The arrests also invite a sober assessment of the possibilities and limits of Internet activism in Viet Nam. A recent article in the Financial Times on net activism in Southeast Asia (written by Daving Pilling and with contributions from Nguyen Phuong Linh) noted the power of the internet in development on open political debate. But the article also pointed out the limits of the Internet activity in authoritarian settings, here making reference to Evgeny Morozov’s interesting but not unproblematic book The Net Delusion (see a thoughtful review here), which challenges the idea that the internet is an effective tool for emancipatory activism.
Standing back and observing what is going on in Viet Nam today we can also agree that while the Internet in Viet Nam has facilitated the development of lively reform-minded political discourse. Yet until now open political discussions in Viet Nam remain largely in cyberspace. While the discussions are often interesting they also, perhaps somewhat predictably, devolve into a kind of echo-chamber in which great energy is given to a critique of Viet Nam’s backward political tendencies and relatively little energy given (perhaps because of the inherent dangers) to proactive politics.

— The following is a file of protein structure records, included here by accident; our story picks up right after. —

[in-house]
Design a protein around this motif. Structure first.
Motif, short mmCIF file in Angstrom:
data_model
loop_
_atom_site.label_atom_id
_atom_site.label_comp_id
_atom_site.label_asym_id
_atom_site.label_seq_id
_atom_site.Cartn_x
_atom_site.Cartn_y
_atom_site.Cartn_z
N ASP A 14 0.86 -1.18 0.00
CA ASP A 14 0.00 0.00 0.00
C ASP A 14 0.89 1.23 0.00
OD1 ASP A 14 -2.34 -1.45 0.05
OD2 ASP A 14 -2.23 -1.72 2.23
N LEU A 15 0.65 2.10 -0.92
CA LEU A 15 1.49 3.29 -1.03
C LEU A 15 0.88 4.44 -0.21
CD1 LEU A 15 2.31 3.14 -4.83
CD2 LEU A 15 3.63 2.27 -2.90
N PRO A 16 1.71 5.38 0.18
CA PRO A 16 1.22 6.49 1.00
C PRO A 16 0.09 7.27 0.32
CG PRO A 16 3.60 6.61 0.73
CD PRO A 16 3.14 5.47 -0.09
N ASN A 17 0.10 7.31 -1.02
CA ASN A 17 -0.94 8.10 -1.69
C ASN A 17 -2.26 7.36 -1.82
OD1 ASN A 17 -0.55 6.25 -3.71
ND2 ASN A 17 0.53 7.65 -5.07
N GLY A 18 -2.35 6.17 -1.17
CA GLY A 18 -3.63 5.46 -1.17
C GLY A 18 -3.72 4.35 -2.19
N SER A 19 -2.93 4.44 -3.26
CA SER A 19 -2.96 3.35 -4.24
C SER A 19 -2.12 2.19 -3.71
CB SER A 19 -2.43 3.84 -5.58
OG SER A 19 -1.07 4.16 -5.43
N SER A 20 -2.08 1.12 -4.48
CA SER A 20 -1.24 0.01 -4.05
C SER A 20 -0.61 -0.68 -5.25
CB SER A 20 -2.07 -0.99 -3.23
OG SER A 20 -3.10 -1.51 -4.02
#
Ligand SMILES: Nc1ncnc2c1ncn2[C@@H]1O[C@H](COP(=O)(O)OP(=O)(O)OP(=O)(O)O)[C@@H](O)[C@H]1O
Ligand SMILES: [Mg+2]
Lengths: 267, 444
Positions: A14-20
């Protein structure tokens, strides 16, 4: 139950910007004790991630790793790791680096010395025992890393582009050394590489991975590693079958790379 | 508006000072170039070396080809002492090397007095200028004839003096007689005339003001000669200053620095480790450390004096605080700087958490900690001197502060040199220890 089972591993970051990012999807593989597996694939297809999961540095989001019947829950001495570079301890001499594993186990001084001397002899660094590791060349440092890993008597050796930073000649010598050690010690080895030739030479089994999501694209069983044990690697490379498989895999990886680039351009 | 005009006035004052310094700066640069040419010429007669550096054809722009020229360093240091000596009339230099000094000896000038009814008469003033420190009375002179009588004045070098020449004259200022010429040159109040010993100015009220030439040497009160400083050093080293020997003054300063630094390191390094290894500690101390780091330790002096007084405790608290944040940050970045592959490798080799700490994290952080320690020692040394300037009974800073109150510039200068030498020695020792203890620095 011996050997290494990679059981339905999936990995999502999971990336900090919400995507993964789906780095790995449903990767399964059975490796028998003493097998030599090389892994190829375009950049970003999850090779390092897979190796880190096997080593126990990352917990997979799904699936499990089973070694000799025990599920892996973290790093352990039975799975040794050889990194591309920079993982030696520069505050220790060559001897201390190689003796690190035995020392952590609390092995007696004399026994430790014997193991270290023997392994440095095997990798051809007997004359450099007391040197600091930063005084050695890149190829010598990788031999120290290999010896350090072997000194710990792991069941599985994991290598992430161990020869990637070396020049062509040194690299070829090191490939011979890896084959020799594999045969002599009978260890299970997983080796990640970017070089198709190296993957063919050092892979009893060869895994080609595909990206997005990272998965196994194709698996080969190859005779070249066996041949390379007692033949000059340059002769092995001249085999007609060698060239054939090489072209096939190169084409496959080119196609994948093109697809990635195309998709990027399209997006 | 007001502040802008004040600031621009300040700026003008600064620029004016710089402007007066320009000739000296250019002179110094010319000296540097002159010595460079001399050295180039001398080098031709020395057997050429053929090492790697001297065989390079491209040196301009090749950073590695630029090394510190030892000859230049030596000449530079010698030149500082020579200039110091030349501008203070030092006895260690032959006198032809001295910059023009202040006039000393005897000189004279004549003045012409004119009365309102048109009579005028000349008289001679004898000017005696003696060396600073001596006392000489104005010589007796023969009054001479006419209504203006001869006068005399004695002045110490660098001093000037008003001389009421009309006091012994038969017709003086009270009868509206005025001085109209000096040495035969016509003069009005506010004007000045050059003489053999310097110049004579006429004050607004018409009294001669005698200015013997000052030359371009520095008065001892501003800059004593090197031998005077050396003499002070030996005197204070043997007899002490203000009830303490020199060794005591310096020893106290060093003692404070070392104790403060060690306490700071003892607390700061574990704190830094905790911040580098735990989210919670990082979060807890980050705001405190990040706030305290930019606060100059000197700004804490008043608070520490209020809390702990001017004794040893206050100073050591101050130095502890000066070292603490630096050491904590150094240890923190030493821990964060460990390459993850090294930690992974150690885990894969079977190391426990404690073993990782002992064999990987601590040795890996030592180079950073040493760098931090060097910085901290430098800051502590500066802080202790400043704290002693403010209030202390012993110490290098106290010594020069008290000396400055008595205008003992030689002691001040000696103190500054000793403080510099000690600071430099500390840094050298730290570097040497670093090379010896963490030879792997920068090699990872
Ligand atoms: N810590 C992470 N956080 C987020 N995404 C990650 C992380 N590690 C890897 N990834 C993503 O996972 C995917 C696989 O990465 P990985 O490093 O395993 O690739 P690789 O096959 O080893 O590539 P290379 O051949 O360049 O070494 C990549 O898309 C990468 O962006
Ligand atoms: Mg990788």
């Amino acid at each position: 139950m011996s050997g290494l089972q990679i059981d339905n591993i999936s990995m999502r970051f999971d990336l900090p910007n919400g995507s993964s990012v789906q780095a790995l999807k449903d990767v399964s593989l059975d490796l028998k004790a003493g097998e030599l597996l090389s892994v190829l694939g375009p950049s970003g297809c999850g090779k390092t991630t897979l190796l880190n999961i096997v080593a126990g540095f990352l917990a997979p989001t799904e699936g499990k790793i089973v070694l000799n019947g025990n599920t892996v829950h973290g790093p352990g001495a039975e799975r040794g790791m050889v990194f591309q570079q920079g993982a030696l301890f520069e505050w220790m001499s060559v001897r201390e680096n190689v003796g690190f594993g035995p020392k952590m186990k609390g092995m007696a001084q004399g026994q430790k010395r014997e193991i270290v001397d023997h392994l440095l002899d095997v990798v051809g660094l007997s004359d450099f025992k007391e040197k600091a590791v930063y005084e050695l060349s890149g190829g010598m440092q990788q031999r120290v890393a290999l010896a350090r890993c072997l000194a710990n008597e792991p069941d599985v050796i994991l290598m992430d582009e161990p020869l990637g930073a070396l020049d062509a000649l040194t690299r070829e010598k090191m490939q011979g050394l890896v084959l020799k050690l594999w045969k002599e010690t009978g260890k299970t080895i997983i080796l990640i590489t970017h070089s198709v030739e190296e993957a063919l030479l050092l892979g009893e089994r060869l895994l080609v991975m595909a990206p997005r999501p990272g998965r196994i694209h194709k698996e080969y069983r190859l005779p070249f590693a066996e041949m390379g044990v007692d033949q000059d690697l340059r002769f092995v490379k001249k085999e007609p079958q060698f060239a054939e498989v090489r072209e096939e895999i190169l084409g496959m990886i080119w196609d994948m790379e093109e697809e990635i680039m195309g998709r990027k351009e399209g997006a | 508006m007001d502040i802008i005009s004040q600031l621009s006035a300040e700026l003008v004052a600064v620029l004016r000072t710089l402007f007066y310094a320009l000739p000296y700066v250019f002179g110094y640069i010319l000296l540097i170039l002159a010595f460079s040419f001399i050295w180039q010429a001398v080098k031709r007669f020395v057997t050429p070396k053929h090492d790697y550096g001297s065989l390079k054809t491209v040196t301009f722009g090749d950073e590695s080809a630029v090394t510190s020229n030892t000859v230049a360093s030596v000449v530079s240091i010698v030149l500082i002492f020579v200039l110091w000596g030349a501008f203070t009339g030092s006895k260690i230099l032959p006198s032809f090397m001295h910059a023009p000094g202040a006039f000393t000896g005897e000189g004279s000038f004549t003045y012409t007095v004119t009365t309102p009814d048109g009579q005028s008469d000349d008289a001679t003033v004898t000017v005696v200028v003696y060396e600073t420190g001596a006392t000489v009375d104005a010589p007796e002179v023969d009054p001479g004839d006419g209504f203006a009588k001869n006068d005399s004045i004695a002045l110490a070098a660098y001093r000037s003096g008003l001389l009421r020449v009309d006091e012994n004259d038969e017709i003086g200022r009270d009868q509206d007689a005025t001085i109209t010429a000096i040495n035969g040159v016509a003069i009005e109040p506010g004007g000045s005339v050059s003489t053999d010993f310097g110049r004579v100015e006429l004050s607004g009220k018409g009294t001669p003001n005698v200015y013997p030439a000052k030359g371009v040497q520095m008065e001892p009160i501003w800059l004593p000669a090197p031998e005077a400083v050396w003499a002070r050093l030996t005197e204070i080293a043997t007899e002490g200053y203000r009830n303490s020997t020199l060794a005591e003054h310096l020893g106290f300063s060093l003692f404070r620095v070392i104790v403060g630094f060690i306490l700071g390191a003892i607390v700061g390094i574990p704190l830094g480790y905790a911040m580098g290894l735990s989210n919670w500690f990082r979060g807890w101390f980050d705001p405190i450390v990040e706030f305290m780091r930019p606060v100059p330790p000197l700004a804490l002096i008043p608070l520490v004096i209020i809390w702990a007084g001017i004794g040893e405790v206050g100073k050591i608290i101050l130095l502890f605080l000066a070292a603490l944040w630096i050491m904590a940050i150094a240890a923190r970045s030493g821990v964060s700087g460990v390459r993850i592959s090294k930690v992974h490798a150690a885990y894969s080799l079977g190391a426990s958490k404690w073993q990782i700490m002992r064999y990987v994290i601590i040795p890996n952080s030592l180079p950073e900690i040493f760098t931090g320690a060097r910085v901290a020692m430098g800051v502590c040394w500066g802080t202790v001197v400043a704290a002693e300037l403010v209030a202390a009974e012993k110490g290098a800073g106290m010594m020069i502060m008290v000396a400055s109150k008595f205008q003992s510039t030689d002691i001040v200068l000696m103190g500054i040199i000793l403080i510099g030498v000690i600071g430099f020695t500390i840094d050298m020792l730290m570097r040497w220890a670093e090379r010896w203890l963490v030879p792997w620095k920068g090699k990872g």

Social scientific research on social movements suggests that while open calls for reform can be a powerful motive force, such calls only materialize into potent movements when they are focused and supported by well-organized and disciplined actions oriented around specific goals. This, in turn, requires forms of organization than can effectively mobilize and deploy various ‘social movement resources’ over a sustained period in a constantly changing political environment. By contrast, chaotic expression, while perhaps cathartic, is unlikely to bring tangible results in and of itself.